Over the next decade, the United States expects to recover about 50 Mg of excess weapon plutonium and the Republic of Russia expects to recover a similar amount. Ensuring that these large quantities of high-grade material are not reused in nuclear weapons has drawn considerable attention. In response to this problem, the US Department of Energy (DOE) chartered the Plutonium Disposition Task Force (PDTF), in the summer of 1992, to assess a range of practical means for disposition of excess US plutonium. This report summarizes and compares the Fission Options'' provided to the Fission Working Group Review Committee (the committee) of the PDTF. The review by the committee was based on preliminary information received as of December 4, 1992, and as such the results summarized in this report should also be considered preliminary. The committee concluded that irradiation of excess weapon plutonium in fission reactors in conjunction with the generation of electricity and storing the spent fuel is a fast, cost-effective, and environmentally acceptable method of addressing the safeguards (diversion) issue. When applied appropriately, this method is consistent with current nonproliferation policy. The principal effect of implementing the fission options is at most a moderate addition of plutonium to that existing in commercial spent fuel. The amount of plutonium in commercial spent fuel by the year 2000 is estimated to be 300 Mg. The addition of 50 Mg of excess weapon plutonium, in this context, is not a determining factor, moreover, several of the fission options achieve substantial annihilation of plutonium.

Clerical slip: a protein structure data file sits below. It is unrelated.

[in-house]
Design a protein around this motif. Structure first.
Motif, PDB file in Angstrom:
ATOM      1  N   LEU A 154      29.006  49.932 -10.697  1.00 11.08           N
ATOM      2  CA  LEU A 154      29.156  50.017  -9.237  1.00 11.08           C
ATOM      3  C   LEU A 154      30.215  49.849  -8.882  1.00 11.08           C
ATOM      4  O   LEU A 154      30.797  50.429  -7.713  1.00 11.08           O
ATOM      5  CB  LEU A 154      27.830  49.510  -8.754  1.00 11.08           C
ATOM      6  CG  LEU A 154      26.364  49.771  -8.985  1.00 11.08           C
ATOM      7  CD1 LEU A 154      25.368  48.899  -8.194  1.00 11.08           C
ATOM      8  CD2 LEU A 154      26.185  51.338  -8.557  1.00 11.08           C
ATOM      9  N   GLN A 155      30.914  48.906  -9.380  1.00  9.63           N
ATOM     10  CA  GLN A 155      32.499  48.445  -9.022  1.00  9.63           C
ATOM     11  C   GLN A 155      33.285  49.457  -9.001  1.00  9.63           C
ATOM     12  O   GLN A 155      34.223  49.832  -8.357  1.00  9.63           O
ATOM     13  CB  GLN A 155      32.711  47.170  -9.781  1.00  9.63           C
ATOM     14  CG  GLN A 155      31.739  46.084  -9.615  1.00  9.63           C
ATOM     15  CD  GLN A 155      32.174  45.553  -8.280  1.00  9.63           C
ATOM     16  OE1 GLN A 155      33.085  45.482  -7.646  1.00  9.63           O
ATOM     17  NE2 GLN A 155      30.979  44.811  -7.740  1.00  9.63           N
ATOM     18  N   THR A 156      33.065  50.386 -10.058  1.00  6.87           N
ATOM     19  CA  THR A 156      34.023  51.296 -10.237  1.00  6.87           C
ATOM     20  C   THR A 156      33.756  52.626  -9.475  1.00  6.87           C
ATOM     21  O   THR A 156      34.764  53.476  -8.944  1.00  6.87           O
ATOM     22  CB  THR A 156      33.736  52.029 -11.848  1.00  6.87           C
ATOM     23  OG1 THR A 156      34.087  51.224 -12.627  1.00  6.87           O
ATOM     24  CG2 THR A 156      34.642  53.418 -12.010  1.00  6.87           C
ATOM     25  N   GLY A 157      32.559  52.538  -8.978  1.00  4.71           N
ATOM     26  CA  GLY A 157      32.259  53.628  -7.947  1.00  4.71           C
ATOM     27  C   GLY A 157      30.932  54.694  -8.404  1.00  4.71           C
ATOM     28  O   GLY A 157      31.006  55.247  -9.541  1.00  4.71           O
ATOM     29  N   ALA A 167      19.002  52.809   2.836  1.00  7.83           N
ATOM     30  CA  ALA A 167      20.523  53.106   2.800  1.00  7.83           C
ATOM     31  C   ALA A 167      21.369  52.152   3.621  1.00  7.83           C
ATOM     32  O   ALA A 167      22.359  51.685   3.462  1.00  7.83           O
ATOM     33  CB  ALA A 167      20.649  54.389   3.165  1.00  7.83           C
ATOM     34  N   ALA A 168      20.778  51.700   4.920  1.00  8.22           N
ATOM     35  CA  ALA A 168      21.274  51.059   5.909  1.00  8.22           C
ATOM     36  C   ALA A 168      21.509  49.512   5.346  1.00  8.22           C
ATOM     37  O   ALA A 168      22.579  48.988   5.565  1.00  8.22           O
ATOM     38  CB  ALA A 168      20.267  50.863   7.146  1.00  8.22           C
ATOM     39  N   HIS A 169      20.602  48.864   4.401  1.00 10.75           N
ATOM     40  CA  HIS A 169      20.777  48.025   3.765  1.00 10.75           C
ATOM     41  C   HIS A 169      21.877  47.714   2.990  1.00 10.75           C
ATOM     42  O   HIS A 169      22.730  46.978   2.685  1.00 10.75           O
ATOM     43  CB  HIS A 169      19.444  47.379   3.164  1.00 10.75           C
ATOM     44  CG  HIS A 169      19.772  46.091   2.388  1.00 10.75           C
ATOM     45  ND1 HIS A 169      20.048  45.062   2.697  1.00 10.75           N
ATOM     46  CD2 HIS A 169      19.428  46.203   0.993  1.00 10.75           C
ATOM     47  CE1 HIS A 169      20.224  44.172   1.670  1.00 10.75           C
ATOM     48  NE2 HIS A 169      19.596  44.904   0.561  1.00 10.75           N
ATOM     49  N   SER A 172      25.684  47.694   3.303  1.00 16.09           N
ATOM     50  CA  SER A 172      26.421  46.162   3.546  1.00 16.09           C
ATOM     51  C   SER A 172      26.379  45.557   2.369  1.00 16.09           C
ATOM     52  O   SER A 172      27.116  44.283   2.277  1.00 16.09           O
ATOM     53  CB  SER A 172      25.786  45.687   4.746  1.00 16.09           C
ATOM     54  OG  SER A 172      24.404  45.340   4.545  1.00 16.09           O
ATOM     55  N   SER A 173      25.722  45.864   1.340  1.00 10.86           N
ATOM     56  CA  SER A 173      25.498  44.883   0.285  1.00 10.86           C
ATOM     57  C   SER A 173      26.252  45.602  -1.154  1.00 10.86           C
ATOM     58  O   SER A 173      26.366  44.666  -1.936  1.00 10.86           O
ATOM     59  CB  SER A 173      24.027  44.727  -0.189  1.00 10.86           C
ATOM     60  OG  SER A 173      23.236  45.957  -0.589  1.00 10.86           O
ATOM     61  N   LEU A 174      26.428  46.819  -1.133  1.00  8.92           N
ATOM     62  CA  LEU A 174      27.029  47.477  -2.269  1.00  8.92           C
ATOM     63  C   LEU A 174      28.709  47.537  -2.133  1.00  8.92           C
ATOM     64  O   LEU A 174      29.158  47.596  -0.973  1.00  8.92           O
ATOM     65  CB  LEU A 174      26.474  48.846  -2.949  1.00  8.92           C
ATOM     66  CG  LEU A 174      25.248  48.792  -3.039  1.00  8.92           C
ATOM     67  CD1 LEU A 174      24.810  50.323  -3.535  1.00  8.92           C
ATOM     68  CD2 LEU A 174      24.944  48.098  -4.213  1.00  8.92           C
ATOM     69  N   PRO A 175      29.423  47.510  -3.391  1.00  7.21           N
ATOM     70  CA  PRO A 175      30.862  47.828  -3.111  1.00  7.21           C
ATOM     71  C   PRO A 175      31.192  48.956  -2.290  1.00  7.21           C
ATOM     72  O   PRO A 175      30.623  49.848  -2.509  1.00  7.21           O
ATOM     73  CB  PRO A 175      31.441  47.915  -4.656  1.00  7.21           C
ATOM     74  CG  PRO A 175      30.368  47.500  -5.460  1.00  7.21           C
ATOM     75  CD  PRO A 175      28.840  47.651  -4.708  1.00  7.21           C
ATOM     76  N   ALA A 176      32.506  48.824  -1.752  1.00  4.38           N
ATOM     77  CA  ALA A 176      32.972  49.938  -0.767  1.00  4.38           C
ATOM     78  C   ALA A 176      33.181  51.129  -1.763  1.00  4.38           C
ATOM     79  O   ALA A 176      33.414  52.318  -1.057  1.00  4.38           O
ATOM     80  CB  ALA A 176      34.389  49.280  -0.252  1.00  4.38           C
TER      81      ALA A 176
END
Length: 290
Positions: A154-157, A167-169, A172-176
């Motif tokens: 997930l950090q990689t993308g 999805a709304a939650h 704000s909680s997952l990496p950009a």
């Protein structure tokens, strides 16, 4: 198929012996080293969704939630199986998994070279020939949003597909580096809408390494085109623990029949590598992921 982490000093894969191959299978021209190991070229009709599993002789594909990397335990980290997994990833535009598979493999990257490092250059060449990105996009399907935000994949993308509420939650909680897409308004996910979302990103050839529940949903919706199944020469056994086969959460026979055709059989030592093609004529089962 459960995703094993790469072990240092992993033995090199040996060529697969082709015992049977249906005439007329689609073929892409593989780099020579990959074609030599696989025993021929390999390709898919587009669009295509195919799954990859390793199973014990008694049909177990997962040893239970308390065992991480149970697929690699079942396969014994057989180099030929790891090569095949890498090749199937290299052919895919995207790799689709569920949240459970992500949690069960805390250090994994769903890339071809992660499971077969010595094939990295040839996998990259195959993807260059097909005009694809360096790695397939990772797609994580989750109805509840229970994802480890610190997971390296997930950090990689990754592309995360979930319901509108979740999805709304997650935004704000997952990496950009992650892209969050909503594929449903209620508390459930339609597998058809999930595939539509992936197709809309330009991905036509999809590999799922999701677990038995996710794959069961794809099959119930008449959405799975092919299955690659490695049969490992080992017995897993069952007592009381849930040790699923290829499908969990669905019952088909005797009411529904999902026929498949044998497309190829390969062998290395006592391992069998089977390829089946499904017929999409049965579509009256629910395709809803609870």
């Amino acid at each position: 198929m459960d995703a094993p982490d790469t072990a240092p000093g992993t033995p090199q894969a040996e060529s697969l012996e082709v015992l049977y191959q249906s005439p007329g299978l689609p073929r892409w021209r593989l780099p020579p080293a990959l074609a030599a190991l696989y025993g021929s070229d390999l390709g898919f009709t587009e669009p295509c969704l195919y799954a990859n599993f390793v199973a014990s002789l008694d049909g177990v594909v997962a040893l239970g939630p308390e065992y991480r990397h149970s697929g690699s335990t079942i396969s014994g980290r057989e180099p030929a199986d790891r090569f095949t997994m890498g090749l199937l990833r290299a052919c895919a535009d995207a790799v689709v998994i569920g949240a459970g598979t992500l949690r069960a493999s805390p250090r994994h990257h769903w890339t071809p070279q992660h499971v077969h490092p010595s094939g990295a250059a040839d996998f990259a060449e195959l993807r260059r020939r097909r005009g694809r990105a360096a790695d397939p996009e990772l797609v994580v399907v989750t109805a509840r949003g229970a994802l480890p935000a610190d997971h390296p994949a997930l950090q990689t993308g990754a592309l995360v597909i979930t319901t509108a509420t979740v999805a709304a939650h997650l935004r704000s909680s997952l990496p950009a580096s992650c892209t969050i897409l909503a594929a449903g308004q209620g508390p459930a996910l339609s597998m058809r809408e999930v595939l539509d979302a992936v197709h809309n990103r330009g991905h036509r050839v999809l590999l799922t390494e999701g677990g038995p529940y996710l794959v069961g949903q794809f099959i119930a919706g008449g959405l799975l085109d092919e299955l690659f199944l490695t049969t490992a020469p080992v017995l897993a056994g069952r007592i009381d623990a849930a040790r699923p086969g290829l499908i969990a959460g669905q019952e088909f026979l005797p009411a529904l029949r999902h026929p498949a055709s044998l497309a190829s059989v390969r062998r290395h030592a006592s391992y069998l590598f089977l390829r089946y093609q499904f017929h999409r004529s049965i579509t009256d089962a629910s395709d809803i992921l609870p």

Omberg, R.P. (Westinghouse Hanford Co., Richland, WA (United States)); Walter, C.E. (Lawrence Livermore National Lab., CA (United States))

1993-02-05T23:59:59.000Z

343

Disposition of plutonium from dismantled nuclear weapons: Fission options and comparisons  

SciTech Connect (OSTI)